This post originally appeared on Panels, which is now Book Riot Comics
We here at Panels are taking some much needed time off; in the meantime, we’re revisiting some favorite old posts from the last 6 months! We’ll see you back on January 11 with all new posts for your enjoyment.
This post originally ran on August 3, 2015.
I’ve been reading comics for roughly four years now, so I’m still what most people would call a newbie. I enjoy being a newbie because do you know how much stuff is out there for me to discover and love? SO MUCH. It can be overwhelming, in fact. It’s also overwhelming to navigate comics culture and figure out what is generally accepted. You can feel like you’re walking down a path with constant forks in the road that make you pick a direction: Buy monthly issues or trade wait? Print or digital? Marvel or DC? YOU CAN ONLY PICK ONE! And if you do buy single issues, you should buy bags and boards.
For years I refused to buy bags and boards because I figured that was only for serious collectors. I remember one day, I was buying comics at a new-to-me comic shop, and when I said I didn’t need a plastic shopping bag for my two comics, the employee ringing me up gave me a confused and distrustful look. “Okay. Well. Be careful with those.” I might have been a little mad at his condescending tone, and said “Thanks, I will!” as I rolled up the comics into a tube, tapped them on my leg like a baseball bat, and walked out of the store. Hey, they were my comics, and I was going to read them and enjoy them! I didn’t need to preserve and collect them.
Another year went by, and I realized I had piles of comics everywhere, with no storage solution. I sighed, and gave in to what I thought was the inevitable and only solution: I bought a bunch of bags and boards. I carefully packaged and taped up all my comics and placed them in a box that fit them perfectly, with plenty of room for new comics. “There! Problem solved.”
Except, not so much. I wanted to loan series out to friends to get them interested in reading comics, but they got intimated when I handed them a stack of plastic wrapped issues. “I don’t want to mess them up!” “No, it’s okay, they are meant to be read,” I would assure them. But I could see the doubt and fear in their eyes. Soon, I ran out of room in my comic box, so I started stacking them next to the box. Then I ran out of bags and boards, and ended up with a pile of loose comics on my desk and next to my bed.
I finally reached a breaking point two weeks ago, when I couldn’t easily find my copies of The Unbeatable Squirrel Girl among the piles and stacks of comics. “Enough of this Calamity Jane!” I shouted to a stack of Lumberjanes. “I guess I’ll go and get more bags and boards and a stupid cardboard box!” And then, I had an epiphany. What if, what if, I didn’t have to bag and board my comics? What if, what if, I could store them however I saw fit?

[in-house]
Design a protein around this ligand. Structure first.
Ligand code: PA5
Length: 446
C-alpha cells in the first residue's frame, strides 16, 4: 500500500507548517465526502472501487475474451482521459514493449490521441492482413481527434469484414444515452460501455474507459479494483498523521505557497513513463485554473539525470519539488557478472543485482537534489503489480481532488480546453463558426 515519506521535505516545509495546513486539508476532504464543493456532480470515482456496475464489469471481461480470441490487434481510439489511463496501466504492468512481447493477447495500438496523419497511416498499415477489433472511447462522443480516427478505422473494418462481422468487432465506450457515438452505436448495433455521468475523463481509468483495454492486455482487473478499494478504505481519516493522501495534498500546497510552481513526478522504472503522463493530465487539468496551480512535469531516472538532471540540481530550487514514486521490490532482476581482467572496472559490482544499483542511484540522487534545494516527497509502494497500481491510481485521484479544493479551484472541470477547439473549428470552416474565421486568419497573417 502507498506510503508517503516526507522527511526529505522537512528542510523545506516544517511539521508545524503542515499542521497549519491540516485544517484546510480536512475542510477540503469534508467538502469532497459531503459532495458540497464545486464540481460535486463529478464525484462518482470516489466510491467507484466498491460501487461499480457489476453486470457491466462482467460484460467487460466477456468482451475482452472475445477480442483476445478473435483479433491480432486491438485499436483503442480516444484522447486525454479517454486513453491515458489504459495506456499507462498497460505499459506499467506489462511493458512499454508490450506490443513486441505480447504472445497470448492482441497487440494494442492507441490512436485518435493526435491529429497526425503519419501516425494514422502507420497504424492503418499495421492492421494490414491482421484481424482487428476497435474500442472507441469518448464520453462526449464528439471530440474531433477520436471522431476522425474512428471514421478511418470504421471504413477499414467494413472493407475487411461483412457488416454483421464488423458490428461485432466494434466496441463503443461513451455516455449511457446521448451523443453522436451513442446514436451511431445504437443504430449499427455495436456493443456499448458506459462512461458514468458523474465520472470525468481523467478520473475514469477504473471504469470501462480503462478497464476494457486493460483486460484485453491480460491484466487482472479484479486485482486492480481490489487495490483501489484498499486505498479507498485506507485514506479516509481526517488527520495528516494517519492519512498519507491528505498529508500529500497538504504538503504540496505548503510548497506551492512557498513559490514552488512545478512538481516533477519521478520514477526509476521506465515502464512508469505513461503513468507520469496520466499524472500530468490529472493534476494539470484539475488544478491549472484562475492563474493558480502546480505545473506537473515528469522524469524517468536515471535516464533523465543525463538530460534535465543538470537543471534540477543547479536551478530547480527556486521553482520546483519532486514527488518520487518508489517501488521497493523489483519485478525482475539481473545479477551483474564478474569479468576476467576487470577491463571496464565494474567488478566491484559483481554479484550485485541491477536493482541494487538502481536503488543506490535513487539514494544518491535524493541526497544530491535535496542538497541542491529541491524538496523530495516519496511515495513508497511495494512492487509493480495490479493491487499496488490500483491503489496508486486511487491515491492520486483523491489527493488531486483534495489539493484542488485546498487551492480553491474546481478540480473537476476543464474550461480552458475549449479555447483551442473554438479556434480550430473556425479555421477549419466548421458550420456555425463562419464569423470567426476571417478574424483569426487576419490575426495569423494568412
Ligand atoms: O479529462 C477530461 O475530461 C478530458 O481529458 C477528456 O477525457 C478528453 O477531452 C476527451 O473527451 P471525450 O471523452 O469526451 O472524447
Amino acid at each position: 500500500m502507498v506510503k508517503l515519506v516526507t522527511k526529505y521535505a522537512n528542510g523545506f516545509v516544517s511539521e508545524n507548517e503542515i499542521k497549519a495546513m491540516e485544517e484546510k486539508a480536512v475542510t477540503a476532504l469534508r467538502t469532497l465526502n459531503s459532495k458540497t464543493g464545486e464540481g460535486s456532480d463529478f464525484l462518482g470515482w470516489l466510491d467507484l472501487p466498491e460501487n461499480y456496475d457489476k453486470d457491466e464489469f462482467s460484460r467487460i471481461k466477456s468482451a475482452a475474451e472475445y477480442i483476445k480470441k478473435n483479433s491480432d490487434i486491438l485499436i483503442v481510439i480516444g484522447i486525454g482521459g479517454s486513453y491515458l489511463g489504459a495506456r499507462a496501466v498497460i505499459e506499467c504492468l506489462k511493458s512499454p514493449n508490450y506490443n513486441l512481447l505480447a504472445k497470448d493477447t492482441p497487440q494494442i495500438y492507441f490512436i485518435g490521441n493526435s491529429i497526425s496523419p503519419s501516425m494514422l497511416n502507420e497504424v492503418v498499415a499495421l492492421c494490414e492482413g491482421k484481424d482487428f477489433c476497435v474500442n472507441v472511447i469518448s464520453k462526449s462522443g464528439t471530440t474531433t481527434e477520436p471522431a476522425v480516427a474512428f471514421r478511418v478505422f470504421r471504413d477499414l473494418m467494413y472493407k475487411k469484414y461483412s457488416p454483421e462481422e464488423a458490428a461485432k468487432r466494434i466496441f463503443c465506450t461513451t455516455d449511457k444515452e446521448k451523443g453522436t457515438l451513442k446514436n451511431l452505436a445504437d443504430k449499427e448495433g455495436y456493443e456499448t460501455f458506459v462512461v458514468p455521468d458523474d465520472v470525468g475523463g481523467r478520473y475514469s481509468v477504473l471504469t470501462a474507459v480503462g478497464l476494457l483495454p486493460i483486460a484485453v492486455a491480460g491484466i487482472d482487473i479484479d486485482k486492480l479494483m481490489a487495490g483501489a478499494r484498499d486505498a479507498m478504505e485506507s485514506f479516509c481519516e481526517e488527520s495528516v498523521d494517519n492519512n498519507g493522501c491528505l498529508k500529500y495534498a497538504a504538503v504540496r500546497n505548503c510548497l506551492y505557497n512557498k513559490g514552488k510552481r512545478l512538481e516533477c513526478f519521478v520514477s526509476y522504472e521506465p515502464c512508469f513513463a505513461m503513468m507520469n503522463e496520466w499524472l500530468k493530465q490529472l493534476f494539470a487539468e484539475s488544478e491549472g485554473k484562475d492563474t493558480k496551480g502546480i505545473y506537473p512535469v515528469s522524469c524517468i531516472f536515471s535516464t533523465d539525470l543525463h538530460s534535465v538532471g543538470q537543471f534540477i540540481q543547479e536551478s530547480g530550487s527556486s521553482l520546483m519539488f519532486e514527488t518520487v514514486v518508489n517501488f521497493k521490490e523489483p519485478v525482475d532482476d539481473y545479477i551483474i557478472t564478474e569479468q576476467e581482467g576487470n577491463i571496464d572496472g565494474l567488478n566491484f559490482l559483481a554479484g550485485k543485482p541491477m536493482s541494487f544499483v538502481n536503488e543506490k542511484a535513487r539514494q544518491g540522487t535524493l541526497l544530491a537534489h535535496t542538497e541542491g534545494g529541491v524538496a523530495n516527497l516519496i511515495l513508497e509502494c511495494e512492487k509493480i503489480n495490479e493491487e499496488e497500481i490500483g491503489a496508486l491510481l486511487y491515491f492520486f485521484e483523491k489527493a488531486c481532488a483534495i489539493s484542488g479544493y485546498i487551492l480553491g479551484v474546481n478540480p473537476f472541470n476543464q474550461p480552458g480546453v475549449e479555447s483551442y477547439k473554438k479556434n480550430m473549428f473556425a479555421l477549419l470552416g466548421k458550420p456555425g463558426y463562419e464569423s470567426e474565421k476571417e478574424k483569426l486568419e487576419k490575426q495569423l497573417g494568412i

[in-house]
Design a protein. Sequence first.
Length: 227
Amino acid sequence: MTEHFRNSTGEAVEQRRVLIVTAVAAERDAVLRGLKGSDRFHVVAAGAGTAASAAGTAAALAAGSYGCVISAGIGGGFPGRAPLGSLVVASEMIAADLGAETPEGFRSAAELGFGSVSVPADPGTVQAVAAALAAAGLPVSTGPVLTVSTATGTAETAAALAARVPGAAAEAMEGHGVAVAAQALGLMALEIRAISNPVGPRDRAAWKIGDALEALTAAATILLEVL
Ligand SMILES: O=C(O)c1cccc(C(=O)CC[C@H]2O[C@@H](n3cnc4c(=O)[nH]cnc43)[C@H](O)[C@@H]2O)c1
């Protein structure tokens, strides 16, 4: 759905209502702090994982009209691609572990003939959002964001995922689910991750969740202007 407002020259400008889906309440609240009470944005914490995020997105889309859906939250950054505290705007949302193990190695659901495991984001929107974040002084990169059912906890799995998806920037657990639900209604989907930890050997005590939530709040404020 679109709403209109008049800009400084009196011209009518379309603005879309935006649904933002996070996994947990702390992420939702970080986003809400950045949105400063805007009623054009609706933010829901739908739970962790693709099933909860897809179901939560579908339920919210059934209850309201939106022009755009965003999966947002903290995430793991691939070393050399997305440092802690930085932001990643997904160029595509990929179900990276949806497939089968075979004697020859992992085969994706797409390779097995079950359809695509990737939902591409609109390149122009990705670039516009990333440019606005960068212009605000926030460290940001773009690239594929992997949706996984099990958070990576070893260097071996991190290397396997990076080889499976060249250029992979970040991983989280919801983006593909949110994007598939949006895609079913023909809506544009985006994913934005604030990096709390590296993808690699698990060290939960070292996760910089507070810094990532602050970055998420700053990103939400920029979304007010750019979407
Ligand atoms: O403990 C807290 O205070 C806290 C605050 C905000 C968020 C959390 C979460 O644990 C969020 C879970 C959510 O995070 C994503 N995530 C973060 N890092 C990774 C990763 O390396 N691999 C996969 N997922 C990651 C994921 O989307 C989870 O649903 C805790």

Instead of heading to my comic book store, I went to Target, made a beeline for the One Spot, and bought 20 plastic accordion file folders for $1 each in a variety of colors and prints. I spent the rest of the day freeing half my comics from their plastic bags, organizing them all in different folders, and labeling them.
(I really like my coordinating themed folder for my Bitch Planet comics. Now I need some purple ones for my Hawkeye collection)
(the folders come with half-circle stickers to label the dividers inside, so I just used those to label what was in each folder)
Is this a perfect system? Nah. But it totally works for me! For now! It was super cheap, everything is protected from dust, they sit on my tiki bar bookcase perfectly, and if I want to loan a run of comics out to someone, I only have to grab a folder (or two).
So. You—Past Christine, trying to figure out the “right” way to do things. Hold my hands. Look deep into my eyes. Take a deep breath. *whispers* You don’t have to bag and board your comics. They will be okay. YOU will be okay. And you, out there reading this, who has their personal favorite brand of bags who can’t imagine not bagging and boarding every comic you own—you keep on doing what you want! If you want to bag and board your comics, that is great! Awesome! I totally kept some special issues and signed comics bagged and boarded, so it’s not like I think they are dumb and useless. I just realized I don’t care that much. Maybe you are a comics newbie too, and you need someone to hold your hands and tell you it’s okay to go buy $1 files or magazine holders for your comics at Target. I am here for that.